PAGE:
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How should I feel about a crap All Blacks side?

By Daniel Gallan
Jordie Barrett of New Zealand looks dejected during the Autumn Nations Series match between Ireland and New Zealand at Aviva Stadium in Dublin. (Photo By David Fitzgerald/Sportsfile via Getty Images)

At what point does schadenfreude morph into pity? For how long can one look upon the misery of a fallen adversary before feeling the sharp pang of sympathy? Perhaps these questions are nonsense. Maybe one’s joy is inversely proportional to the suffering of a foe. All the better yet if that foe once ruled the world.


These tangled conundrums have filled my head this week as the South African Springboks host the New Zealand All Blacks on Saturday. As a journalist and observer of the game, I am paid to be neutral, to cast a dispassionate eye on events and report the facts as I see them.

But that is a challenging task when these two teams meet. I am a South African, I am a sports fan and I was raised in the early years of the self-branded ‘New’ South Africa. I was seven-years-old when Joel Stransky nailed a drop goal to hand the Springboks the 1995 Rugby World Cup. I was intoxicated by the belief that sport had the power to change the world, as Nelson Mandela told us, and tightly wrapped myself in the rainbow-nationalism that the former president espoused.

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But every hero needs a villain and the All Blacks, those monsters under the bed who’d snatch me away in the night if I didn’t finish my vegetables, were the boogeymen of my deepest nightmares.

They terrified me. But more than that, they fascinated me. Watching them was akin to witnessing a natural disaster in full flow. A Jonah Lomu rampaging run was a volcano erupting. A Zinzan Brooke tackle was a tsunami. The haka was at once sacred and malevolent, like the rumbling incantations of druids .

Beyond any awe or fear I carried, the enduring feeling I had was respect. Every match against these Goliaths felt significant. All the well-worn sporting tropes came alive before these showstopping set-pieces. There were no dead rubbers. Form went out the window. So often it came down to the finest of margins.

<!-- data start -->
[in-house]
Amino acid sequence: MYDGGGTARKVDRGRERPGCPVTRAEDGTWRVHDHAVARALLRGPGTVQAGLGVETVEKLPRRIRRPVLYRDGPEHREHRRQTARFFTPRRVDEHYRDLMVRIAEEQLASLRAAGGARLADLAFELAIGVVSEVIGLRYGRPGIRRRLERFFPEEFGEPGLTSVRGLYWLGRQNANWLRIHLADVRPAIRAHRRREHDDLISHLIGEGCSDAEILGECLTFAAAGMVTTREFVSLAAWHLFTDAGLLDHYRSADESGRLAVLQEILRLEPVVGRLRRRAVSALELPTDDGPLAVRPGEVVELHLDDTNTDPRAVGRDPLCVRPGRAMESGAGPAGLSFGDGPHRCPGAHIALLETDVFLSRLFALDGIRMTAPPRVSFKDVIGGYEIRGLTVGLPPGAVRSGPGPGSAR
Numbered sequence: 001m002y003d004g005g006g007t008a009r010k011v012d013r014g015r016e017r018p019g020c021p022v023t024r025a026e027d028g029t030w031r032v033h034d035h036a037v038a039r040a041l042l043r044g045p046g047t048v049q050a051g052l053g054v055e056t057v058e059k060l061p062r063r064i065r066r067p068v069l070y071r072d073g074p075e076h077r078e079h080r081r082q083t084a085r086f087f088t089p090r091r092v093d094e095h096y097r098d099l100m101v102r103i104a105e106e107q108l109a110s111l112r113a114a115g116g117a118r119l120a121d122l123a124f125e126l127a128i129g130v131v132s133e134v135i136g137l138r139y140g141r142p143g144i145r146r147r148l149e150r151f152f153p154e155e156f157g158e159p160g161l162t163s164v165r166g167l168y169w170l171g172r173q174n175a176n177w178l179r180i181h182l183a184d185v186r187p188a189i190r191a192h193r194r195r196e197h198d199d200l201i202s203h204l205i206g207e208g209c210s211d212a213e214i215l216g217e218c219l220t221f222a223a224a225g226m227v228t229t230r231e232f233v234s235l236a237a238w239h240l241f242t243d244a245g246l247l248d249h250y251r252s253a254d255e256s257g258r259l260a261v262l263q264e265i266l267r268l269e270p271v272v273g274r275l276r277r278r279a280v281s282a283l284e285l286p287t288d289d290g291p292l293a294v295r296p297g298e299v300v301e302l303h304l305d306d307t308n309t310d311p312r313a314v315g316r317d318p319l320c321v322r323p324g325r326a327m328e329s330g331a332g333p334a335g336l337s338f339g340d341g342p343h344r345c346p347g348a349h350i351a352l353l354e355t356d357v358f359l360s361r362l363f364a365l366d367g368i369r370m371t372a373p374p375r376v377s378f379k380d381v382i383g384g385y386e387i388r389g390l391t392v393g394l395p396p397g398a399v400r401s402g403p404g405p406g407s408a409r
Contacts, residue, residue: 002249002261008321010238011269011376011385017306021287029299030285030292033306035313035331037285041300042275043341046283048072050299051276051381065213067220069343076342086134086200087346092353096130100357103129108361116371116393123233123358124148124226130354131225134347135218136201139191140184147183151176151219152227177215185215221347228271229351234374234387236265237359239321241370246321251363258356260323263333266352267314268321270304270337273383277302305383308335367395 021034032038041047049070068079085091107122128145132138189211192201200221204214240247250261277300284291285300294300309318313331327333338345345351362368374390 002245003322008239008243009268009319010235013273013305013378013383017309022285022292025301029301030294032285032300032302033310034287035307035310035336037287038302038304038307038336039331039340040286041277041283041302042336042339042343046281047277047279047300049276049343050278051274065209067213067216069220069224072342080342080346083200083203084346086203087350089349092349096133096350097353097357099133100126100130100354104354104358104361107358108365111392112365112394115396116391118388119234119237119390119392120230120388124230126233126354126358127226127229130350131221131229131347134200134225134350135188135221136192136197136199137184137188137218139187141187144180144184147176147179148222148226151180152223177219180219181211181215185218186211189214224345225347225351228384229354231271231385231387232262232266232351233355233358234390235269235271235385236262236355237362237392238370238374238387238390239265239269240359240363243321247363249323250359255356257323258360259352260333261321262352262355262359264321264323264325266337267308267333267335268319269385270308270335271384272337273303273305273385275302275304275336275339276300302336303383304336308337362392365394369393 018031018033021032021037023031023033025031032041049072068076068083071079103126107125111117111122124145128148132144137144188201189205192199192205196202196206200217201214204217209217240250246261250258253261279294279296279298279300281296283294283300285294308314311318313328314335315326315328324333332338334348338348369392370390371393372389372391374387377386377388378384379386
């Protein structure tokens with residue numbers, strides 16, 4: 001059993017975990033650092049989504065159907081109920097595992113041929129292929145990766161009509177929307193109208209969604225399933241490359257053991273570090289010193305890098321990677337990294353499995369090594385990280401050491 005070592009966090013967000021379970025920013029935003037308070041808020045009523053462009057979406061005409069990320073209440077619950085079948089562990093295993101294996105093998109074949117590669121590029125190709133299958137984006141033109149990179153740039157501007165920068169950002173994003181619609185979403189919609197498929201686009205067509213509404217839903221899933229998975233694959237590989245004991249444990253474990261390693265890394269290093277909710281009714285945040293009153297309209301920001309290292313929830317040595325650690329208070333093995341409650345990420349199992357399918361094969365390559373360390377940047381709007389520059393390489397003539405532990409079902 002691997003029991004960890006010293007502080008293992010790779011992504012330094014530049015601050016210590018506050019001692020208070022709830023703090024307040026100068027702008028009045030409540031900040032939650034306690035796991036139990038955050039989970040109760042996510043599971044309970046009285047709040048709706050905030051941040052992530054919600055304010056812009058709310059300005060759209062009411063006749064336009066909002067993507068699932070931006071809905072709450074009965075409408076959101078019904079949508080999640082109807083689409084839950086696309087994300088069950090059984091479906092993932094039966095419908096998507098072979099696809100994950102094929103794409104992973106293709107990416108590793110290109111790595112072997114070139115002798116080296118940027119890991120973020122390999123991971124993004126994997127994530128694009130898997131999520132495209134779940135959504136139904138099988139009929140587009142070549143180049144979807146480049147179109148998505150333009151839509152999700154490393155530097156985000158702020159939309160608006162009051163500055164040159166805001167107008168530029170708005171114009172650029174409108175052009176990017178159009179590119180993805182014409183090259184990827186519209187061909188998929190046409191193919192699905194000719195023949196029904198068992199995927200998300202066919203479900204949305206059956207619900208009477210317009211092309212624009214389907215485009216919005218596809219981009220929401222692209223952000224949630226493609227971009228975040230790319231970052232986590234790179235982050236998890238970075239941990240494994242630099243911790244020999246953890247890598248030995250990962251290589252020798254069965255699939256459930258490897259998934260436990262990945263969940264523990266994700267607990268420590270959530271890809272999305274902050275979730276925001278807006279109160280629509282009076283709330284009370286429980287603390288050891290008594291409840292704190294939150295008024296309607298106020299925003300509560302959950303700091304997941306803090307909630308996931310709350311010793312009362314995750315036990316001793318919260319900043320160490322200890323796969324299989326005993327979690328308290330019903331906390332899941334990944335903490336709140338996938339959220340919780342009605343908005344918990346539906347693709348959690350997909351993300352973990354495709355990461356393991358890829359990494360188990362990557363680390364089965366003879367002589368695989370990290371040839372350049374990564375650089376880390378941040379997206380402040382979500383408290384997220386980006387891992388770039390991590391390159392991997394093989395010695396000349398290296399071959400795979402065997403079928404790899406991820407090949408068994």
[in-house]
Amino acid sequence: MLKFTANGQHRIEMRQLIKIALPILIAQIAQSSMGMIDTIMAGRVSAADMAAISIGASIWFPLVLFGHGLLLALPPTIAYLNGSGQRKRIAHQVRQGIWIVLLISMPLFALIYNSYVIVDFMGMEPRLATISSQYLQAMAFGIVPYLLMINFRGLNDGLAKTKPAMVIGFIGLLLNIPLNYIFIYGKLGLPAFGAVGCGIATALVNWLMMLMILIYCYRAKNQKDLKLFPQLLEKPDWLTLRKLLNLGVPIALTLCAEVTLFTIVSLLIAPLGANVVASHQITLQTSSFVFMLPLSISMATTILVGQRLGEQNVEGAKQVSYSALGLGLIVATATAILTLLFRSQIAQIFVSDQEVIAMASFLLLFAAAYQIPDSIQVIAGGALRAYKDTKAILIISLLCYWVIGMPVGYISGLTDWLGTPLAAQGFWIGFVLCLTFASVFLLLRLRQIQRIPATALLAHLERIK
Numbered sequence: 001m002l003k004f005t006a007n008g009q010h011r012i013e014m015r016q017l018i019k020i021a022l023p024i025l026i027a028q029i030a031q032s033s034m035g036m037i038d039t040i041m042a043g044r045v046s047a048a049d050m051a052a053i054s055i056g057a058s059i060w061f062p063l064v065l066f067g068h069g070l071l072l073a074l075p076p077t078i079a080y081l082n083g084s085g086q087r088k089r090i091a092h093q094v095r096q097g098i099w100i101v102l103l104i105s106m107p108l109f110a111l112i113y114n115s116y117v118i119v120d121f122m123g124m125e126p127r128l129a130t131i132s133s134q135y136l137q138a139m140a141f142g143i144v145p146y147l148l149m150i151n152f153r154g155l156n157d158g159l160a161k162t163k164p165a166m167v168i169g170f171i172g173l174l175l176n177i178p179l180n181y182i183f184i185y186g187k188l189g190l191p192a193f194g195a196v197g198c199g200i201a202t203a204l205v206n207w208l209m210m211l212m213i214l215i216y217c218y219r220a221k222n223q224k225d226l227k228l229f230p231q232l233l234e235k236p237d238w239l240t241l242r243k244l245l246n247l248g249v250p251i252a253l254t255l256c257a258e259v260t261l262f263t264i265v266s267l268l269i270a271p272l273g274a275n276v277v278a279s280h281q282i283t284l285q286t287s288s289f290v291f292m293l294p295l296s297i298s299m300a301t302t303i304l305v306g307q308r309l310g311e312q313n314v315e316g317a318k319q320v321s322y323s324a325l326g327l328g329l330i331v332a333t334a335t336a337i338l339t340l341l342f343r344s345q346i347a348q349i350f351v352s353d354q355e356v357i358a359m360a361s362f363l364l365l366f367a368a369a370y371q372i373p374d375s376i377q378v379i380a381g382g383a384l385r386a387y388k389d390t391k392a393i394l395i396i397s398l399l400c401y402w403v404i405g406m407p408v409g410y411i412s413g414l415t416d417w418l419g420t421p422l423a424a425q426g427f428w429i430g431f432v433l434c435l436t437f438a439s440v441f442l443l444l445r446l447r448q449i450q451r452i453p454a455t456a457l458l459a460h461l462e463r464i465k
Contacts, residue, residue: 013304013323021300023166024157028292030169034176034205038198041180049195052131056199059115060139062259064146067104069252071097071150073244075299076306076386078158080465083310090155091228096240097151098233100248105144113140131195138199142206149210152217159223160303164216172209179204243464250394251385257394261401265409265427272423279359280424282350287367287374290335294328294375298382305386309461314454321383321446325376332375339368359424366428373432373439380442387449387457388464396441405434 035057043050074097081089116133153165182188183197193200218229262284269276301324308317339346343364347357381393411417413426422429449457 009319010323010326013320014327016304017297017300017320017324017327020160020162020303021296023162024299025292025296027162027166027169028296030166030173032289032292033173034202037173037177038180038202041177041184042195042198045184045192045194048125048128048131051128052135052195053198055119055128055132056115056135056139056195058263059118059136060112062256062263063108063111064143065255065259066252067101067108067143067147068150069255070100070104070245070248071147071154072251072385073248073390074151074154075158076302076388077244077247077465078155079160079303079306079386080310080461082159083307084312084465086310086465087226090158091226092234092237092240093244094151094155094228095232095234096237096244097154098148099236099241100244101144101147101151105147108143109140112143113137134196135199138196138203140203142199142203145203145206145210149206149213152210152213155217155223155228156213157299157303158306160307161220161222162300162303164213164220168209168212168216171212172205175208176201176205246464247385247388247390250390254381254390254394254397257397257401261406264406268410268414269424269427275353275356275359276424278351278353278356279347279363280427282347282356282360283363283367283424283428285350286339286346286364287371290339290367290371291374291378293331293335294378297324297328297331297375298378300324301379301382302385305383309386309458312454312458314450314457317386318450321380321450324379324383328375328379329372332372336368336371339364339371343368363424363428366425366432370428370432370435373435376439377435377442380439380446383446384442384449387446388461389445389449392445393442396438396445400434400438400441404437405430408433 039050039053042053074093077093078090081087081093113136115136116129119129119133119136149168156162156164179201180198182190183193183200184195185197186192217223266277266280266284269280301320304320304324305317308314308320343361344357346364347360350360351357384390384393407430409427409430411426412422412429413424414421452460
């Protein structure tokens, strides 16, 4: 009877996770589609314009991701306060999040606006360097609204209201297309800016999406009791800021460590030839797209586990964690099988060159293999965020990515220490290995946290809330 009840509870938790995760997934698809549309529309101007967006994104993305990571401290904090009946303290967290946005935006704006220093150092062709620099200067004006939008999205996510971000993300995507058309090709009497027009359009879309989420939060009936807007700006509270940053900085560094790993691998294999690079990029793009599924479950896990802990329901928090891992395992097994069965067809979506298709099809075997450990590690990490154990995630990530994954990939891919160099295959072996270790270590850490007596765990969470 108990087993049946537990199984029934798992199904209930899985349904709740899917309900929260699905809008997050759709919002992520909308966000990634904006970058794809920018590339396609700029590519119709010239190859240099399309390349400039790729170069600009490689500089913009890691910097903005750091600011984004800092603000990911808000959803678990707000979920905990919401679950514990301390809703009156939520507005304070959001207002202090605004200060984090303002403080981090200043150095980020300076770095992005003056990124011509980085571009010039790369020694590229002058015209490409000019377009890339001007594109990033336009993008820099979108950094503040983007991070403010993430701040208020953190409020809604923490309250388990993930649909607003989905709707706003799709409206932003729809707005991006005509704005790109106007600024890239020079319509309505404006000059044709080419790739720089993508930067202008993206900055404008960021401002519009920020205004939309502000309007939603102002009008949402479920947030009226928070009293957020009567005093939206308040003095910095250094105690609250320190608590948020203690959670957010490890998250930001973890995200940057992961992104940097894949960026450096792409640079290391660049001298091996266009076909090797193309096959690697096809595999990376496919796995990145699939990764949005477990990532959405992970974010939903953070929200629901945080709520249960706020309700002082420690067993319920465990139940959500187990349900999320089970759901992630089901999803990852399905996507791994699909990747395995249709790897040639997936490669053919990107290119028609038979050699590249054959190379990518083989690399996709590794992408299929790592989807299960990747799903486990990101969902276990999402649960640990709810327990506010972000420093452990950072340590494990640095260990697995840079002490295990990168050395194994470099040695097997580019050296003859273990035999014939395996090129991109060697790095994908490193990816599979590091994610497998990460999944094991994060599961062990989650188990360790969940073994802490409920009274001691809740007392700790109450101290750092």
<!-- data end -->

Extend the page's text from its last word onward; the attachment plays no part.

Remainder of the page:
We’ll all have our standout moments against the All Blacks. Mine is Richard Bands’ try in Dunedin in 2003 that included a mighty hand-off on the great Carlos Spencer. But more than any individual event or piece of skill, my favourite thing about this rivalry is that it exists. That it’s so often a meeting between the two undisputed powerhouses of the game. That it brings together a collision of brute force and electric guile, a thunderous whirlwind of emotion that knocks the breath out of spectators half a world away.


Which brings us to this week’s contest, the 102nd in 101 years. The All Blacks are currently ranked fourth on World Rugby’s metrics. Read that again. Fourth. Three teams are ahead of them. This is unchartered territory. They’ve just lost consecutive Tests on home soil for the first time in more than two decades. The ravens have left the tower. The wolves are circling. This lot have already been branded the worst All Blacks side in history.


How am I supposed to feel about this? Should I be joyous that an outfit that has inflicted so much heartache on my team has finally been brought low? Should I remind myself that it was New Zealand rugby that made the South Africans feel like unwelcome guests in Super Rugby and so accelerated the decline of what was once the best domestic competition in the world?

I’ll be honest, I do feel those things. But I also feel a degree of sadness. I can’t help but liken myself to a young Gaul in the seventh century, looking up at the crumbling Roman aqueducts and wondering what giants built these wonders.


We’re not there yet. This is an empire on the wane rather than one in ruin, but a chastening defeat to the Springboks in both Tests could prove disastrous for New Zealand. And, to be frank, the Springboks really ought to pulverise them.

I’m not buying the cliches this time. I’m not entertaining the tropes of wounded tigers or the comparisons with cornered Spartans at Thermopylae. The Springboks, the world champion, Lions series winning Springboks, cannot waste their best ever opportunity to rub the All Blacks’ noses in a mess of their own making.

And this is why I am worried. What if New Zealand rouse themselves from their sleepwalk and send a reminder to the world of their former greatness? What if the Springboks saunter into the fight bloated on false impressions and get walloped by a side with a score to settle? Neither team can afford to lose in Mbombela but the South Africans have even less wiggle room than their guests.


Malcom Marx’s inclusion in the starting XV for only the second time since the 2019 World Cup is an indication that coach Jacques Nienaber wants to get at the All Blacks as soon as possible. Like most Springboks matches that matter, this one won’t be pretty. They won’t look to replicate the eye-catching patterns so astutely executed by Ireland. They’ll be direct and forceful. They’ll set themselves up to bully the bullies.

In doing so they’ll heap even more misery on an organisation that once only dealt in triumphs. I wonder how we’ll all feel after that.


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